Sorbic acid is a naturally occurring compound that’s become the most commonly used food preservative in the world, and it makes the global food chain possible. It’s highly effective at inhibiting the growth of mold, which can spoil food and spread fatal diseases. For example, when sorbic acid is sprayed on the exterior of a country ham, there won’t be any mold growth for 30 days. This allows for food to be shipped and stored all over the globe.

Sorbic acid is a preferred preservative compared to nitrates, which can form carcinogenic byproducts. It’s applied to food by either spraying or dipping the food with a solution of sorbic acid and water.

Sorbic acid is most commonly found in foods, animal feeds, pharmaceutical drugs, and cosmetics.

When it comes to human foods, sorbic acid is most commonly used in:

  • wines
  • cheeses
  • baked goods
  • fresh produce
  • refrigerated meat and shellfish

Sorbic acid is used to preserve meats because of its natural antibiotic capabilities. In fact, its earliest use was against one of the deadliest toxins known to mankind, the bacteria Clostridium botulinum, which can cause botulism. Its use saved countless lives by preventing bacterial growth while allowing meats to be transported and stored safely.

Because of its anti-fungal properties, sorbic acid is also used in canned goods, including pickles, prunes, maraschino cherries, figs, and prepared salads.

The U.S. Food and Drug Administration considers sorbic acid to be safe for regular use, as it’s not linked to cancer or other major health problems. Some people can be allergic to sorbic acid, but reactions are typically mild and consist of light skin itching.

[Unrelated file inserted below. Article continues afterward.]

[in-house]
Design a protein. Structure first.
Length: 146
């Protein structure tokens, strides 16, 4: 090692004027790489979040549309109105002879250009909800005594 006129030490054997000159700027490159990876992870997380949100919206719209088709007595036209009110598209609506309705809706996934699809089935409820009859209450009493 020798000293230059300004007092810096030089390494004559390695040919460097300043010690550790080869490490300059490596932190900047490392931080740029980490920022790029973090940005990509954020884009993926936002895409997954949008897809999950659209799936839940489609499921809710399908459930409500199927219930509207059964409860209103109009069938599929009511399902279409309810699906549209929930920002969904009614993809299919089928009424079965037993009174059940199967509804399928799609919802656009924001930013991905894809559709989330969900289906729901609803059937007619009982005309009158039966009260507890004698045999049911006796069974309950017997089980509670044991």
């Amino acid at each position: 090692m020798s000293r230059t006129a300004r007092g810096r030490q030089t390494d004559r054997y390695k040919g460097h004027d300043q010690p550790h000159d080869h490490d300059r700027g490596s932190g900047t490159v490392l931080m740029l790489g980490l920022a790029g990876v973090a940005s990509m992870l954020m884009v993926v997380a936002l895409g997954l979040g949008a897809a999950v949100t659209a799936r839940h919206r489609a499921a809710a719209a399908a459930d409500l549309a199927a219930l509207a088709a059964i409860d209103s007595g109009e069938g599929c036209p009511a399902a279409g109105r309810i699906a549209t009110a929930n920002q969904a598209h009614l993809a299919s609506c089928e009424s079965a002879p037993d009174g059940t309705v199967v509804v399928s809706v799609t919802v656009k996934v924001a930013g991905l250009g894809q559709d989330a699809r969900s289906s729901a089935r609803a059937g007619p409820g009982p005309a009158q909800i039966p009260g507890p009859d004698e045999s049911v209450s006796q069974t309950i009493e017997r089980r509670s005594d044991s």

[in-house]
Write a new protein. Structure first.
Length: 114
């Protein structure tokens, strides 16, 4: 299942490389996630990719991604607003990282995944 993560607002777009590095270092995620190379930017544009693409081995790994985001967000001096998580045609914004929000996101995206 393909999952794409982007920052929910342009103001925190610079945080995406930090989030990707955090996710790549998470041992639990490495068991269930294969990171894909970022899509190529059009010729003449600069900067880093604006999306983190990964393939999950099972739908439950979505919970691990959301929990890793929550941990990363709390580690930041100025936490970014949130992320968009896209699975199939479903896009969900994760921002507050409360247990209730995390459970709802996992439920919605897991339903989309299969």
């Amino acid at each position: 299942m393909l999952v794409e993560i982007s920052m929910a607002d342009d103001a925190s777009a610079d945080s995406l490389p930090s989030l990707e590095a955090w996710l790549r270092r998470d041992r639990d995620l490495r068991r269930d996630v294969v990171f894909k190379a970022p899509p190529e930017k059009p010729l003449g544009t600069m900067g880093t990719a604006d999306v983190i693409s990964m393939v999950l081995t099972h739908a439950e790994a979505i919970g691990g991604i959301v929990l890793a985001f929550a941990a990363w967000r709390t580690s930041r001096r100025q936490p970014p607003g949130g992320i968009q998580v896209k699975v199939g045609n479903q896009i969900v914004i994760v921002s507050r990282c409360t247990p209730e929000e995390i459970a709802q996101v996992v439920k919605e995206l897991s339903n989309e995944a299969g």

While rare, allergic contact dermatitis may occur, but, ironically, over-the-counter corticosteroid creams that contain sorbic acid are often the culprit. People with eczema should avoid sorbic acid in cosmetics because of possible irritation, but avoiding it in foods is unnecessary.

If your skin reacts badly to sorbic acid, you can treat it by rinsing the affected area with water, and applying anti-itch cream. If it’s causing you problems internally, drinking eight ounces of water typically reduces symptoms.

While extremely rare, toxic reactions to sorbic acid can occur when handling it in its pure, undiluted form. In these cases, the National Library of Medicine’s Toxicology Data Network recommends washing your skin and clothes. If inhaled, moving the person to fresh air is recommended. While extremely rare, you may require hospitalization if you experience anaphylaxis. This is a severe allergic reaction that can cause you to go into shock, go pale, get a rash, and experience nausea and vomiting.

Sorbic acid has proven vital to our ability to store food and transport it across long distances. Allergies are rare and usually very mild, but exposure to undiluted sorbic acid might carry some risks.